He went on to attend the Lowry Air Force Base,
Colorado Technical School for Inventory
Management. 

"Back then, we were in Vietnam,
and I felt I had to do something for
America," said Colonel Feldmeier. "I
had a friend in the Army killed there."
"Now, I see kids in our family
studying the Vietnam War in their history
class at school, and it makes me
realize how old I am. I remember a
friend from the 101st Airborne met me
at the airport in uniform when I came
home after my basic training. 

We were coming through the airport and someone
threw a soda on us. I realized then
I was doing what was right, and they
weren't. My buddy, Dennis, came
home with two Purple Hearts and a
Bronze Star. The guys over there did
what they had to do to stay alive and
keep their buddies alive," he said.
Later a sergeant, Colonel
Feldmeier ended up in the Missouri Air
Guard at Jefferson Barracks, Mo., in
the Tactical Air Control Center.
He left the active duty after six
years as an Air Force staff sergeant
back in 1976. 

He took a job with Coca Cola,
and started attending nursing school.
Later, he worked at Lutheran and
Barnes hospitals, going on to work for
the Veteran's Administration. 

"The Air Force Reserve was
looking for surgical nurses and Col.
Terrence Wade convinced me it was
only two days a month." 

After an 18-year break in service,
the young NCO came back as a more
experienced captain in 1994. 

He couldn't believe he was an officer. 

"Back then, when I was in the
National Guard, I would see a
lieutenant's bars or a master sergeant's
stripes and thought they were well beyond
what I would ever achieve. I could
never imagine myself being called
"Colonel" as I am today," he said.
His biggest memory was three
months later, when he was coming out
of the chow hall, still a very wet behind
the ears captain, and the chief master
sergeant of the Air Force saluted him. 

In November 2001, he was called
up with 30 people in the Contingency
Hospital's surgical package. 

"I was responsible for these
people and you look at things a lot differently,"
he said. "I learned quickly that
as an officer, sooner or later, the 'buck'
is going to stop with you, and there is
no committee to fall back on." 

"I never thought when Colonel
Wade swore me in that I would be as
successful as I have been." 

Colonel Feldmeier credits others
for many of his accomplishments. 

"I had great people like Colonel
Wade and Col. Roger Wujek, Chief
Master Sergeants Kris McManus and
Ron May, and Master Sgt. Brian
Eckhardt to guide and teach me. Chief May taught
me how to be leader. Chief McManus
taught me more than I can say, but thank
you will never be enough. Colonel Wade
guided my career. Colonel Wujek and
Colonel Fletcher gave me a chance to
put it all together. What better a role
model than Colonel Wujek? He is the
leader you personally couldn't bear to
disappoint," he said.

Colonel Feldmeier said that as an
observer in an Operational Readiness
Exercise meeting, he told the group, after
a lengthy discussion, to give him 45
minutes to come up with a training plan.
He then went and developed the plan. 

"I sealed my fate as one of Colonel
Fletcher's (in) famous Four-Horsemen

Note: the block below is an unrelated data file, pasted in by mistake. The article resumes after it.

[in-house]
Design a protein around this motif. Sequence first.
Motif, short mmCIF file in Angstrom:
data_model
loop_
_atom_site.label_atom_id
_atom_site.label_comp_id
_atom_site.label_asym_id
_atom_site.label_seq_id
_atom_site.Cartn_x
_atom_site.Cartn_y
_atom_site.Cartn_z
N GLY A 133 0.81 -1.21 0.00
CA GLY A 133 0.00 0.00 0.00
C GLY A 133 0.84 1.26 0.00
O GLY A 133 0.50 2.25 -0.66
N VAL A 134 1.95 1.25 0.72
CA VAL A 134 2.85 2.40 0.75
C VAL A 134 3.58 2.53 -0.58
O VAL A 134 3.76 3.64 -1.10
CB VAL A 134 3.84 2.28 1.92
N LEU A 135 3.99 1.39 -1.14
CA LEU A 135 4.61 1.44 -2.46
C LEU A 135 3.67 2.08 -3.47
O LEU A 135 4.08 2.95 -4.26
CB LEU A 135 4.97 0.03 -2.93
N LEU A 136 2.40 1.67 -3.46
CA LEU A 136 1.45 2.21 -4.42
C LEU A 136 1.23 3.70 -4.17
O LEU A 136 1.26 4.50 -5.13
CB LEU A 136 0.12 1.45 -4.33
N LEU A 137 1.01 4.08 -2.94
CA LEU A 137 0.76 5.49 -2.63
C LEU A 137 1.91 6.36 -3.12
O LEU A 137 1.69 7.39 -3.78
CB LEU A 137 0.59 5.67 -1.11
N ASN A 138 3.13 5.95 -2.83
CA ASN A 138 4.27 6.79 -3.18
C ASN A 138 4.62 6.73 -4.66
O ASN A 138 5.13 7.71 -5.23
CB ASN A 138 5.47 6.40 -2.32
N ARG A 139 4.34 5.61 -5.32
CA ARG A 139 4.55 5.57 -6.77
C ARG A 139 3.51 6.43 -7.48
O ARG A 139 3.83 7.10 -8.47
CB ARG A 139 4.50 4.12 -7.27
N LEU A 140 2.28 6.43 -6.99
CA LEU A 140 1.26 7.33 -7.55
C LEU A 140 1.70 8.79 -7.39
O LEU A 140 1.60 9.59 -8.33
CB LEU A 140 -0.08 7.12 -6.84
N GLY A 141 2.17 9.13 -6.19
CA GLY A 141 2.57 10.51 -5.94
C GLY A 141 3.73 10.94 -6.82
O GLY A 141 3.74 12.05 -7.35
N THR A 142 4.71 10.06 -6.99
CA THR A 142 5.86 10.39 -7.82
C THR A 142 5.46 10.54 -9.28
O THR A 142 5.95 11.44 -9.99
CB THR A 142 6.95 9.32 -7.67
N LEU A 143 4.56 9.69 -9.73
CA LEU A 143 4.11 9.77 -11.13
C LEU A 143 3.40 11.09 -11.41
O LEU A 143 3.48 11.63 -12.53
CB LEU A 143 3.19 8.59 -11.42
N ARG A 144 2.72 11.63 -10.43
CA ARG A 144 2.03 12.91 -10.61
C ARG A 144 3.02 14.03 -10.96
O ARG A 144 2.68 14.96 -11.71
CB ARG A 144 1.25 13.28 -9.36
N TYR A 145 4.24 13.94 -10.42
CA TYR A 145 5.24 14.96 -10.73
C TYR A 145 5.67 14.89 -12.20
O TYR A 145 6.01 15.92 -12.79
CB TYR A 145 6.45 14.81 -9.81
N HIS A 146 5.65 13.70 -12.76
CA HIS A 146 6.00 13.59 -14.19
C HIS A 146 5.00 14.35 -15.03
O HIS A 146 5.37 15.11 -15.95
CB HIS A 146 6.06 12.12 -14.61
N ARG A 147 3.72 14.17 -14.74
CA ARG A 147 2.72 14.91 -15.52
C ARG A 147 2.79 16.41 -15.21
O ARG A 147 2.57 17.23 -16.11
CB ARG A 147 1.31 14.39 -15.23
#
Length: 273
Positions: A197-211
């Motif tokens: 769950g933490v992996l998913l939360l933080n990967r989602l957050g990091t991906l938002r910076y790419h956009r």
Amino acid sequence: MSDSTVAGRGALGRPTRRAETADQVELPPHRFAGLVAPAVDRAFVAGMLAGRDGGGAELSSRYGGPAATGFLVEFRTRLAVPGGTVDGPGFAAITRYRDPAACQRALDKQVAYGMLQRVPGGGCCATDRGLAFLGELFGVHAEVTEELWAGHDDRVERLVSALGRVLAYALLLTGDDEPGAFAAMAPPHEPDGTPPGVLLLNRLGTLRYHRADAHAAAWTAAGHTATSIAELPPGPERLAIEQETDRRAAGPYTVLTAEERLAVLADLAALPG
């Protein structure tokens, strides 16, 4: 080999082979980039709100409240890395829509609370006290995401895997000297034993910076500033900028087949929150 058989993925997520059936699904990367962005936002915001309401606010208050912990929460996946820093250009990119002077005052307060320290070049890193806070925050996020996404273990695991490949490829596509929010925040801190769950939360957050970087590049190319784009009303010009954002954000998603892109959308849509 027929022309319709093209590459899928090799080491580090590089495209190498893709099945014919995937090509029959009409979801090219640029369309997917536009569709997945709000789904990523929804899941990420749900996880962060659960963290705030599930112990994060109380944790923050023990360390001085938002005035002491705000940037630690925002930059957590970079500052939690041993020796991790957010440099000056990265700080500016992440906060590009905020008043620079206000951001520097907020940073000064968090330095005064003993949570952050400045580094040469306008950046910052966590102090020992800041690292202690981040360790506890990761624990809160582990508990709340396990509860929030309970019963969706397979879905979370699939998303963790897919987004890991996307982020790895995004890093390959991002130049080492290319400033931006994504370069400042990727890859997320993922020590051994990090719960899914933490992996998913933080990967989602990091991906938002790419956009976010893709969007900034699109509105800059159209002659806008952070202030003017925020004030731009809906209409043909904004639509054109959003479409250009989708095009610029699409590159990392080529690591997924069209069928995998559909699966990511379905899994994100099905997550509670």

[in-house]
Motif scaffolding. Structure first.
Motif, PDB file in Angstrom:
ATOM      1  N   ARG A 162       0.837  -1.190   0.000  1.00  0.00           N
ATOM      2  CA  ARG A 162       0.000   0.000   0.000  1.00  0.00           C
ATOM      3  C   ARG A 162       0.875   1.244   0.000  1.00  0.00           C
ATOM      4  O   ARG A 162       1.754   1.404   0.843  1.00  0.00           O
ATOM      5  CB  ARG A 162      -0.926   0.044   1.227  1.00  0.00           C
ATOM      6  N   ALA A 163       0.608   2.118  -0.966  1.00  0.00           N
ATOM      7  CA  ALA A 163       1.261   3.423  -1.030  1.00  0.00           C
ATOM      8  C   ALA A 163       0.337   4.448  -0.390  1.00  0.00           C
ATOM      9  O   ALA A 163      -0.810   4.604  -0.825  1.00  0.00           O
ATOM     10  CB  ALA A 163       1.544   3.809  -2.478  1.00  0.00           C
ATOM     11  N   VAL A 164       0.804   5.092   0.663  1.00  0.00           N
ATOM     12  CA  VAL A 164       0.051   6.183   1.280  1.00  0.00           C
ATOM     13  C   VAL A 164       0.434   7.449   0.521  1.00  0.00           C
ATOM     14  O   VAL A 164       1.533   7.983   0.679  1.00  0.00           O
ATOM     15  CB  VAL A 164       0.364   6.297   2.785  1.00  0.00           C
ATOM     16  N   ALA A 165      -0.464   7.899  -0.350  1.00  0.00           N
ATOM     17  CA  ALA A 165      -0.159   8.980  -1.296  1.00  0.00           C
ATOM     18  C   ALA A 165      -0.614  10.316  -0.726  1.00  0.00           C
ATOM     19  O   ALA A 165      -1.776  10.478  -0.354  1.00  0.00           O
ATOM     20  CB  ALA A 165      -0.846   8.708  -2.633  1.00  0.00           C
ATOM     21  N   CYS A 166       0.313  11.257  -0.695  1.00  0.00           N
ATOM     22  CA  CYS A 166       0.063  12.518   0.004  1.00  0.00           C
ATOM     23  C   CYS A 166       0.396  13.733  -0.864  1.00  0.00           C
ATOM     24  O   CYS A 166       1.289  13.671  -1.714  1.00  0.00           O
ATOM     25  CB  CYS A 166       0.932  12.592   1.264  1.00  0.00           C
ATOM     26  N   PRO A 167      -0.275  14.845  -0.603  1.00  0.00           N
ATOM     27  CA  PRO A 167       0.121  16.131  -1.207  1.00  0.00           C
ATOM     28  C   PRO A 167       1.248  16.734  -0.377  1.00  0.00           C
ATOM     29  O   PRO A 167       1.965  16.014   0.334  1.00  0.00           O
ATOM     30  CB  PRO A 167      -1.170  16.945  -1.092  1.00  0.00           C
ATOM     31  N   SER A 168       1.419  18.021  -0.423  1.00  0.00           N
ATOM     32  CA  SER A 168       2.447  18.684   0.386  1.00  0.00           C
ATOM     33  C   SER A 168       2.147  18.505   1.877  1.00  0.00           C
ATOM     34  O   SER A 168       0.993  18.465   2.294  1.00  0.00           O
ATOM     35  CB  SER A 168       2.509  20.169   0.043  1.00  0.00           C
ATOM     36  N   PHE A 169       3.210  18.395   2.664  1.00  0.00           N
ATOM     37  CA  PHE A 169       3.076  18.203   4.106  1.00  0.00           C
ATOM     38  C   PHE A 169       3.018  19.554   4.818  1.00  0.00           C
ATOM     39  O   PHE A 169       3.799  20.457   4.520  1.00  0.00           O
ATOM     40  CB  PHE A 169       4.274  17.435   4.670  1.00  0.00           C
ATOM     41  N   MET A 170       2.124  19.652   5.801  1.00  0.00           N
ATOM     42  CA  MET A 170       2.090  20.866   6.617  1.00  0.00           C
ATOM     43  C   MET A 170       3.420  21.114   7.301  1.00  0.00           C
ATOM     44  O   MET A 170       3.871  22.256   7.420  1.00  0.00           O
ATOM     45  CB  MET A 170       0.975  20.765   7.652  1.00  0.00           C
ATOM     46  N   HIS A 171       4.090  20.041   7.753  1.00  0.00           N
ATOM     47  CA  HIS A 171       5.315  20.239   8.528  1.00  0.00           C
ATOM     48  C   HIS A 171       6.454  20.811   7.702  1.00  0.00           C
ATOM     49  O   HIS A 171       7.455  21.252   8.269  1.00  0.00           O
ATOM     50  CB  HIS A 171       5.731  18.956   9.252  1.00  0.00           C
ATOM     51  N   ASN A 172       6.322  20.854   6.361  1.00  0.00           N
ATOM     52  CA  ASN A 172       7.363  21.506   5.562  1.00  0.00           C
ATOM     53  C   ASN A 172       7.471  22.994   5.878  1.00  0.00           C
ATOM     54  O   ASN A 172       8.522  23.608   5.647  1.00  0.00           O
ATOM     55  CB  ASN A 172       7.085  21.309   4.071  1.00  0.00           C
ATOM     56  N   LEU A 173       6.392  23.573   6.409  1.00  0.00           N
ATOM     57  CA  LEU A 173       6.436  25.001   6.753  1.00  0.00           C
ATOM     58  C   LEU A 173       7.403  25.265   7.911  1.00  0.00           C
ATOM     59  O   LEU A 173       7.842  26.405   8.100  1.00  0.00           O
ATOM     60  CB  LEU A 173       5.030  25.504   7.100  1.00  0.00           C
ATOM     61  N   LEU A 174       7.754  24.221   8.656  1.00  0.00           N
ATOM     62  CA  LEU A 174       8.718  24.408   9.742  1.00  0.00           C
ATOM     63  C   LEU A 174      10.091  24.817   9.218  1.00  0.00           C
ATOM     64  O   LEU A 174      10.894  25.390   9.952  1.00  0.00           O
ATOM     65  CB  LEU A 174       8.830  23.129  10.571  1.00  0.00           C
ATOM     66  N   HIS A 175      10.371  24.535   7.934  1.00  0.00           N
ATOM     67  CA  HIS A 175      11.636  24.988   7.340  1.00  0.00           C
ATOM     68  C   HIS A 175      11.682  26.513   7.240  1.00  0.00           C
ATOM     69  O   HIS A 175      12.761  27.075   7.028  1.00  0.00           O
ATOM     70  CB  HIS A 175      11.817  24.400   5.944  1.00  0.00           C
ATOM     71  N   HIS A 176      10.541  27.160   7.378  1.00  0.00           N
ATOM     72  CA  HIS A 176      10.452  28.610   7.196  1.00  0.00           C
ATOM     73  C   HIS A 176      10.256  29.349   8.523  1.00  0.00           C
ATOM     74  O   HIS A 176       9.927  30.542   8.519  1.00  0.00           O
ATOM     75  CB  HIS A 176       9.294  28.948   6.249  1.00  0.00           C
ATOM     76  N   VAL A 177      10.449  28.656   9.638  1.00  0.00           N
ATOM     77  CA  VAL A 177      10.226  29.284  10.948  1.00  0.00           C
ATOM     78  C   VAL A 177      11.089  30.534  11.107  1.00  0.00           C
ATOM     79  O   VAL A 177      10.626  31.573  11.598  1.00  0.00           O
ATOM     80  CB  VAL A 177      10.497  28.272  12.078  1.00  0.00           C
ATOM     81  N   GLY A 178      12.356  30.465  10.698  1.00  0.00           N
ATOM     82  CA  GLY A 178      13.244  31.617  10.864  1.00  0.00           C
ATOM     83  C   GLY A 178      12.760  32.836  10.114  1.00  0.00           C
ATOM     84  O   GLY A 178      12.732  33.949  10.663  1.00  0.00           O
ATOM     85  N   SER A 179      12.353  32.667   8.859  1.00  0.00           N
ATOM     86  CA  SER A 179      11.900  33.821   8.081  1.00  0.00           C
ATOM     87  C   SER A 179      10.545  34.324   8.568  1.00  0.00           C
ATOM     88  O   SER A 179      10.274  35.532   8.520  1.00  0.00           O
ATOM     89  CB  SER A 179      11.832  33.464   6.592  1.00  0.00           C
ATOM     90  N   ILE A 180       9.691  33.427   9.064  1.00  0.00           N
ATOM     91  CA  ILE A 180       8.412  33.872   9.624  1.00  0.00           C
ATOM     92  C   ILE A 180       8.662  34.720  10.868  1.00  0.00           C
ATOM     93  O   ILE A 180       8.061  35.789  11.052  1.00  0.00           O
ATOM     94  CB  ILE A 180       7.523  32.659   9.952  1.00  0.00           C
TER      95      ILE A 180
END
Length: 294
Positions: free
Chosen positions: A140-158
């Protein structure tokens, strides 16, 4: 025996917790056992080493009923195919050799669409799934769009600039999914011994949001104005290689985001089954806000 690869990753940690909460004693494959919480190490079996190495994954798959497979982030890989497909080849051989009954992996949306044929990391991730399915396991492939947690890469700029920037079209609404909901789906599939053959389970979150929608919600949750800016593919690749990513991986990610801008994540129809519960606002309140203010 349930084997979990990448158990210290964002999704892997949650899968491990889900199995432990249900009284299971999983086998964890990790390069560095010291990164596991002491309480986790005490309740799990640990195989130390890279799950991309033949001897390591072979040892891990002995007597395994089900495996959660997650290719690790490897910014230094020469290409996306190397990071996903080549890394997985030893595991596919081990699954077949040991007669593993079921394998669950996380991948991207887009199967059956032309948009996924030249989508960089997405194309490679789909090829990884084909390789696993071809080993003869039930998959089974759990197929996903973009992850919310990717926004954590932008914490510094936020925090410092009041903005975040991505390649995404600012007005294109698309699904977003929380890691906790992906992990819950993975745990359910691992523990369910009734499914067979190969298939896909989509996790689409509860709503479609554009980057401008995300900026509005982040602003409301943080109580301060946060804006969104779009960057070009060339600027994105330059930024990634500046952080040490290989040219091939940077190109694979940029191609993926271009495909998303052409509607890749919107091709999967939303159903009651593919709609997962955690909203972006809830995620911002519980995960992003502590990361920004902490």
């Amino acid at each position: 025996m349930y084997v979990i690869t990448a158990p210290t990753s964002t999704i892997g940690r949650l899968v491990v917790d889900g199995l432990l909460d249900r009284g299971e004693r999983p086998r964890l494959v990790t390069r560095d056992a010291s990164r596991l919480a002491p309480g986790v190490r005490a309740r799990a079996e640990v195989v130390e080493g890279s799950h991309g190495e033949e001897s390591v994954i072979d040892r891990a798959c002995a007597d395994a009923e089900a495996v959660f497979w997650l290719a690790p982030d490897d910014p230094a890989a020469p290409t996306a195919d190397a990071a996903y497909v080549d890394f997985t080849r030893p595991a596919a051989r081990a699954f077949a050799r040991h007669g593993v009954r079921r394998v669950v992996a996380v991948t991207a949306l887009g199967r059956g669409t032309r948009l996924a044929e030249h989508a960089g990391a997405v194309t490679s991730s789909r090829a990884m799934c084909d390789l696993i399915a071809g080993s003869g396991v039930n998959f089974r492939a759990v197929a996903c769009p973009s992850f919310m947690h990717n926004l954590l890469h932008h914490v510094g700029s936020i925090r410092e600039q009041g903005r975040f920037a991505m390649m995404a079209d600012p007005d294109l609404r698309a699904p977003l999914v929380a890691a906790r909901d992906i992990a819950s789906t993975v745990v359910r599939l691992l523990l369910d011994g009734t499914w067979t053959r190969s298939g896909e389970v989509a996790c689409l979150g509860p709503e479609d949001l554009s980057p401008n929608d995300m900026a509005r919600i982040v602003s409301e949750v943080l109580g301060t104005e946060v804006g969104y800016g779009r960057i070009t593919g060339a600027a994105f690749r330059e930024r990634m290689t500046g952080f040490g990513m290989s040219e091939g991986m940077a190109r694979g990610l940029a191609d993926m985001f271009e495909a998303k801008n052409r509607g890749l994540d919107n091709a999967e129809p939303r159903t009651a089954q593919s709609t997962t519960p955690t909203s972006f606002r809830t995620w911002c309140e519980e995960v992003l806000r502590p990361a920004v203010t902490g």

and realized the faith and trust he
had put in me," he said with a smile. 

Colonel Feldmeier said training
for a temporary duty assignment to
Belize was the hardest thing he had ever
done. "My right arm was Master Sgt.
Connie Holverson without whom the
Belize mission or any of the training exercises
I ever planned would not have
happened, successfully anyway.  I may have
gotten a lot of credit for putting those
things together but, I did it standing on
her shoulders," he added.

He said a proud, but surprising
moment, came in 2002 as he was
named the Air Force Reserve
Command's Officer of the Year. Another
highlight was being asked to write
a cover story for "Officer" magazine. 

His thoughts for the future:

"I think sometimes the enlisted corps is well
ahead of the officer corps training,
mentoring and taking care of each other.
Senior officers, pick a junior officer to
'bring along' - remember they are your
replacement. Likewise, I encourage
today's young officers to latch on to
'Top 3' enlisted and listen to them. In
my career, they have yet to steer me
wrong," he proudly stated.

"Junior officers--the first time
someone comes to you and asks you
to make the big, final decision, it will be
scary. Read your commission and have
that 'special trust and confidence' in yourself
too. Also remember, rank has
nothing to do with authority," said the Colonel.

If an Airman has experience
to put up a tent and you don't know, let
him lead us forward he pointed out.

"Have strong family, spiritual and
emotional preparations, and train families
to be ready. Most of us can do anything
we are called to do as long as those
left behind are doing fine. No matter
what the Air Force has or hasn't given
you by the time you deploy, they will
give it to you over there; by then it is
way too late to be secure in knowing
your family is and will be fine.
Military is a mindset you can't turn
off and on two days a month. It takes
dedication, and it gets in your blood and
you embrace it," he continued.

"Military service makes for better people,
people who realize there are consequences
to actions and having to be self
reliant. Tell me if there is a place in the
civilian sector where a 25-year old is
responsible for a multi-million dollar
piece of hardware and for the lives of
his or her subordinates. The bonds you
form here are stronger than most any
other. People not in or close to the military
will never understand that. We are
in this to serve America at the pleasure
of the President, but we serve each
other first; at least, that's how I see it. 

"One last thing. An officer cannot
be more honored than to be asked personally
to do a reenlistment, retirement
or commission. 

"I've been honored by numerous
requests, again thank you all, and I'm honored
to serve America and my brothers-in-arms," he concluded.